More A and F trains are leaving riders hanging on platforms than most other subway lines in the system, according to new MTA stats.

With an increase in repairs and inspections, about 70% of weekday trains on the A and F lines last year were on time, a 4% drop from 2013. And when it comes to major gaps -- meaning a train was late by double the time it had been scheduled for -- it got even worse for the 1.2 million riders who use those lines each day. Each had 12% of trains arriving after such a delay, about 6 percentage points higher than the year before.

"What's disappointing is that you'll see no trains for an extended period of time," said Alex Freij, 35, a contractor in Manhattan who commutes to Brooklyn on both the A and F. "There'll be none for 15 to 20 minutes, and then they'll be back to back to back."

Ricardo Valle, 25, of Harlem, said it's "hit or miss" waiting for the A train at his West 145th Street stop after leaving his house around 7 a.m., when trains are supposed arrive every six to nine minutes.

"If I do catch the train, it'll be really late, or it'll be too crowded and I'll have to take another one," he said.

By comparison, the 15 lettered lines, including the Brooklyn and Queens shuttles, together had an 80.6% on-time average for trains last year, holding steady from 2013; average weekday wait times in December improved 3.5% to 81.5%, compared to the same month the prior year.

The only trains that had similar performance issues were the Nos. 4, 5 and 6 on Manhattan's chronically congested Lexington Avenue line.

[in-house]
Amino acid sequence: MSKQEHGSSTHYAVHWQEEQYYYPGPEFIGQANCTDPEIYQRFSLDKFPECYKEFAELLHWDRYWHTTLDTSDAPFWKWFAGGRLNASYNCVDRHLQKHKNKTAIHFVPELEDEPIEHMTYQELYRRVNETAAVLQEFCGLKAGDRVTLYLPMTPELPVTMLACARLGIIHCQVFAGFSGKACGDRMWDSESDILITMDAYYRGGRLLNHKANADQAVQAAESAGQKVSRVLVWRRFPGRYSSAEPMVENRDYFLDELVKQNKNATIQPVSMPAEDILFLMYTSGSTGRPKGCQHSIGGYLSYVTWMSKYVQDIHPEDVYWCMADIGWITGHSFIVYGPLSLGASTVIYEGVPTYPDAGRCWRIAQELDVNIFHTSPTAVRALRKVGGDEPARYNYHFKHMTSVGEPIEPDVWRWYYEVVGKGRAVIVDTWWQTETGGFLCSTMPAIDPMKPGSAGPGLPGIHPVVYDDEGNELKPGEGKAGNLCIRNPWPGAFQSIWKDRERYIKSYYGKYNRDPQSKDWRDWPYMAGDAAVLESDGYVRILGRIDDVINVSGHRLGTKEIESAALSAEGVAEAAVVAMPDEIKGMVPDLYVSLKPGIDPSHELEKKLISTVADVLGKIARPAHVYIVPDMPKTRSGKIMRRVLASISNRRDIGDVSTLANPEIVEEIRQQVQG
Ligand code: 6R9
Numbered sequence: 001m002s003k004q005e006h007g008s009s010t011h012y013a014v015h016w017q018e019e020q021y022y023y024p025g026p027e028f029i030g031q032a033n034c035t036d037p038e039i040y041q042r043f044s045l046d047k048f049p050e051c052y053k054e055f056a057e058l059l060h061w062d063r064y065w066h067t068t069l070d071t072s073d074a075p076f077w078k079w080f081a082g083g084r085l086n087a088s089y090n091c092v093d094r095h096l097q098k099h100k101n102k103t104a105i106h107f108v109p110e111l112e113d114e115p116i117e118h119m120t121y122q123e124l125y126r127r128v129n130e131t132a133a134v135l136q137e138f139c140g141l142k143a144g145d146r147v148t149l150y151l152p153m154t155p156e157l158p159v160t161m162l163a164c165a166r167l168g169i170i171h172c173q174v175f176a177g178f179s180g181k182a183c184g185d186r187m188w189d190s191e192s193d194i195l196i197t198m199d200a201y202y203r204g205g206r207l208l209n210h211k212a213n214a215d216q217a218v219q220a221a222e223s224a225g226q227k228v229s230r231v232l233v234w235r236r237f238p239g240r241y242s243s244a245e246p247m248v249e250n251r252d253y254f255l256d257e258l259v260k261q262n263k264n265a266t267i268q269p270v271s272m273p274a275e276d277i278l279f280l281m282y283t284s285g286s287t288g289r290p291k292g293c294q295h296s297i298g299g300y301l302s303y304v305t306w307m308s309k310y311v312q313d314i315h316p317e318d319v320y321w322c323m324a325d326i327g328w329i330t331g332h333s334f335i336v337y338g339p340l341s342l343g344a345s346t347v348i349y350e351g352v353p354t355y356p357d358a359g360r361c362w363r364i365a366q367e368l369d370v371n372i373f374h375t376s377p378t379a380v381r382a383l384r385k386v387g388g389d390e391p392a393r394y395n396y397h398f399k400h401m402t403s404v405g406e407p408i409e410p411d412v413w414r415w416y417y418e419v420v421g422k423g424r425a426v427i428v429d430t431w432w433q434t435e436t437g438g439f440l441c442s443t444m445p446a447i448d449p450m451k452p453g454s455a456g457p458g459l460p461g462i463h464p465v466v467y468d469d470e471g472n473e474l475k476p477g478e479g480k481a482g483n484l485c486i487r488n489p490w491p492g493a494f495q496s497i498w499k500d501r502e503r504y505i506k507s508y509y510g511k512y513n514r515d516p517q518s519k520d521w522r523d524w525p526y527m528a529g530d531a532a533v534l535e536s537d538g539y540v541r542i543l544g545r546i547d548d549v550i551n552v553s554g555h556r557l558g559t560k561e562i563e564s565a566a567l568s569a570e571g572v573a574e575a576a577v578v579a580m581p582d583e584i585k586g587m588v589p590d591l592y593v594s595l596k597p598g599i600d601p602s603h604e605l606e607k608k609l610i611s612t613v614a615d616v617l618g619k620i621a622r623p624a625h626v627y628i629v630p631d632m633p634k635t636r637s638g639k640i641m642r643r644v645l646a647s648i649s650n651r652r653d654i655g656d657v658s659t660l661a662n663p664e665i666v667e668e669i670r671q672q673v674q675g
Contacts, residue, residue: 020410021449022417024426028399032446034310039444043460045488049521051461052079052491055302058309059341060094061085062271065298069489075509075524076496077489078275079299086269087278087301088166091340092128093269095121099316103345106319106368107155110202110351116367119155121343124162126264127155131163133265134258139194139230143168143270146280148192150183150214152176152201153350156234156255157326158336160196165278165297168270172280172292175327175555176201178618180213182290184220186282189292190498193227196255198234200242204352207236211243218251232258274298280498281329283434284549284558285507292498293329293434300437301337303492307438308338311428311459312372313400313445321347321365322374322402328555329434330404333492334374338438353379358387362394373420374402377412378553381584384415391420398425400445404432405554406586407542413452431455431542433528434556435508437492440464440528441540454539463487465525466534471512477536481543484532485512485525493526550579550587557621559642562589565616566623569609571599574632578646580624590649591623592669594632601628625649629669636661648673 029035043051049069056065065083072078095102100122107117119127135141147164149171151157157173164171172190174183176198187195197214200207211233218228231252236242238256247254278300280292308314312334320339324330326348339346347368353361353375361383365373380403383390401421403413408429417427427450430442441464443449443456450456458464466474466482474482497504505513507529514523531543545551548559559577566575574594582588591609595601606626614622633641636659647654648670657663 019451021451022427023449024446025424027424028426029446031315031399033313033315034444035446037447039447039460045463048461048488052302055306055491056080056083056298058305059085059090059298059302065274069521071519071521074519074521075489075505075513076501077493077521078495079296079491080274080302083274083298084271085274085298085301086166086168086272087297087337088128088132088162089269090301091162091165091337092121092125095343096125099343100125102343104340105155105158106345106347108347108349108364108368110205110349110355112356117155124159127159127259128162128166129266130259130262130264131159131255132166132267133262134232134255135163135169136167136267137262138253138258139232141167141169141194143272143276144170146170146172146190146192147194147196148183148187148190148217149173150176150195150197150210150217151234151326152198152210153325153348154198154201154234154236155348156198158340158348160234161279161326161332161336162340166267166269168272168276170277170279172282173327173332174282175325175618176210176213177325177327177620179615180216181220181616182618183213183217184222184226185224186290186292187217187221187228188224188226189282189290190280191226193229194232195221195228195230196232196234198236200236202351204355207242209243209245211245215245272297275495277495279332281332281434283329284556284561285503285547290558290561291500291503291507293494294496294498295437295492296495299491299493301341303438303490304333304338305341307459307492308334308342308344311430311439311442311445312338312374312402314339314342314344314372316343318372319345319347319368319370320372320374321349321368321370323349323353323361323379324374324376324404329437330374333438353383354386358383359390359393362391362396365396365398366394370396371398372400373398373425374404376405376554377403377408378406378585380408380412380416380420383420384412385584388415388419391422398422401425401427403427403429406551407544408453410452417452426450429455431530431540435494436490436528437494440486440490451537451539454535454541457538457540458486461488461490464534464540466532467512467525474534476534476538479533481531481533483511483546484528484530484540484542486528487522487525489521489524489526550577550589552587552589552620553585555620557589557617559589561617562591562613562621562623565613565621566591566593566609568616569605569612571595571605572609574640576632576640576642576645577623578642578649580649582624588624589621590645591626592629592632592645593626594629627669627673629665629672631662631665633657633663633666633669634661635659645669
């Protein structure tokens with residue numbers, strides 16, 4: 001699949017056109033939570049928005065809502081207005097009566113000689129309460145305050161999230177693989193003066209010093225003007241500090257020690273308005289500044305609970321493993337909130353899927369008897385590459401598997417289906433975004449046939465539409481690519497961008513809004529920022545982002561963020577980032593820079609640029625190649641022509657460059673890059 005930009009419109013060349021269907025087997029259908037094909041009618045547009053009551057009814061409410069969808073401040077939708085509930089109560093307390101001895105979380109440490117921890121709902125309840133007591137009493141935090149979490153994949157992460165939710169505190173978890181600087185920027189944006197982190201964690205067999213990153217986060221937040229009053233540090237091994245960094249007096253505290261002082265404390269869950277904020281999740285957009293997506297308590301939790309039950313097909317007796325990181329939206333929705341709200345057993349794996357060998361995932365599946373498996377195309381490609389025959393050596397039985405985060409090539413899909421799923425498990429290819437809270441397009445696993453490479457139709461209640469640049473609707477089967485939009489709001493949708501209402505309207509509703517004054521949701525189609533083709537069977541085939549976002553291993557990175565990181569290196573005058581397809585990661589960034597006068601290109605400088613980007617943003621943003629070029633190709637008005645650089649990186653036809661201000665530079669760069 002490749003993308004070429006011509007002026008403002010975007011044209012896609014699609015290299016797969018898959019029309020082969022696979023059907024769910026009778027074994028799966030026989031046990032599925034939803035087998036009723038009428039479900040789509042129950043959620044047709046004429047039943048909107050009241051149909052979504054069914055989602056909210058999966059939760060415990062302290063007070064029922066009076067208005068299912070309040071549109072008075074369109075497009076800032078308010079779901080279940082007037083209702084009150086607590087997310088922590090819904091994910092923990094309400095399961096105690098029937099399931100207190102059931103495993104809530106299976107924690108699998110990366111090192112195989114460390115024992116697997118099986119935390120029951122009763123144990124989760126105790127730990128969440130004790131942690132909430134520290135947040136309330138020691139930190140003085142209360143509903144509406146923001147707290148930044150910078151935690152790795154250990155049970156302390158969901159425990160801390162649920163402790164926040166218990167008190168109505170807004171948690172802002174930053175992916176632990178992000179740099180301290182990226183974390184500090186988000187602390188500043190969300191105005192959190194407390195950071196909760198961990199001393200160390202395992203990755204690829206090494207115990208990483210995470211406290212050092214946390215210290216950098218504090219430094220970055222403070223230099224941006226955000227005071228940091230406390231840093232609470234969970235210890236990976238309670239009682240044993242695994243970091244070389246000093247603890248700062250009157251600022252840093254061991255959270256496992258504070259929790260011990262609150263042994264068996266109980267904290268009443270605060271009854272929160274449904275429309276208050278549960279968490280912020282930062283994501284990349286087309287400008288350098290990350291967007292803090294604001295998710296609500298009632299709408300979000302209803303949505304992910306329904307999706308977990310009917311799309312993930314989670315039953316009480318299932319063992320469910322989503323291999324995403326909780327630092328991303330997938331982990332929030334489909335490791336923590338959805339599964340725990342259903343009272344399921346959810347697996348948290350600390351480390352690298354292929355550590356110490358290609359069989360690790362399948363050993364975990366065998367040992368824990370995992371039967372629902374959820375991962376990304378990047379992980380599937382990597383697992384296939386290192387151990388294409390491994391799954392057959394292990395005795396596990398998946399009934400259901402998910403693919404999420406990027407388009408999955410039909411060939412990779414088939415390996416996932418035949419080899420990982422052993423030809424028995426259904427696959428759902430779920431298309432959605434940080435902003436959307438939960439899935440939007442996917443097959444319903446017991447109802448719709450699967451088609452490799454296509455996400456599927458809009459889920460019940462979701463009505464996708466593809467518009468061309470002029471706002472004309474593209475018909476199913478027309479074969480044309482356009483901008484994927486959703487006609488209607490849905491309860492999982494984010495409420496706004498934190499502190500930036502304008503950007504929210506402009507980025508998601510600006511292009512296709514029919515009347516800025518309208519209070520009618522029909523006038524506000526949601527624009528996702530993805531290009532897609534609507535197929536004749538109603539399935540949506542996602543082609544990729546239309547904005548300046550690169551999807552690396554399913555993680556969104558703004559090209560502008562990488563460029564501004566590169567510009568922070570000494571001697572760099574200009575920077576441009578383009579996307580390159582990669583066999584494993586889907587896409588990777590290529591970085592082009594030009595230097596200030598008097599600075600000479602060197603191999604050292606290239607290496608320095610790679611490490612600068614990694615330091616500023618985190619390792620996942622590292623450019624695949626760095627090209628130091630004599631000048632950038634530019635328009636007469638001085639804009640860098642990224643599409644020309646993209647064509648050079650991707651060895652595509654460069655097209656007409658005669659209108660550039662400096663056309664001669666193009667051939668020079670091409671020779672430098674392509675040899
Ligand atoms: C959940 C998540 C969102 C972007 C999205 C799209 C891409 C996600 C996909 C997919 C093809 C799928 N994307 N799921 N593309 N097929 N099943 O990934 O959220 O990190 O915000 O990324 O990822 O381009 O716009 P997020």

That line carries roughly 1.5 million riders a day, moving more people than some cities' entire mass transit systems are capable of carrying.

The MTA, which calculates platform wait times on a 12-month average, put the blame for increased delays on more track work in the past 18 months, particularly on Superstorm Sandy-related repairs and infrastructure improvements, said spokesman Kevin Ortiz.

Additionally, there are more inspections and tougher safety rules protecting track workers while trains are running, he said.

"We think we can do better at determining when and how we go out to do planned work on the system," Ortiz said in a statement. MTA officials will be working to "optimize the distribution of work throughout the system, and to target specific locations with increased preventive maintenance in a way that minimizes impact to service."

Systemwide, the top three reasons for trains getting held up -- overcrowding, "right-of-way" delays, and track gangs -- made up 63% of 47,430 delays in December.

Thomasin Bentley, a member of the Riders Alliance, a transit advocacy group that has called for A and C train improvements, said she has noticed the construction and delays.

"I definitely feel it most on the F train than any other line," said Bentley, who commutes on the F train from Windsor Terrace. "It's both in the morning and the evening."

"It's just not a reliable train," she added.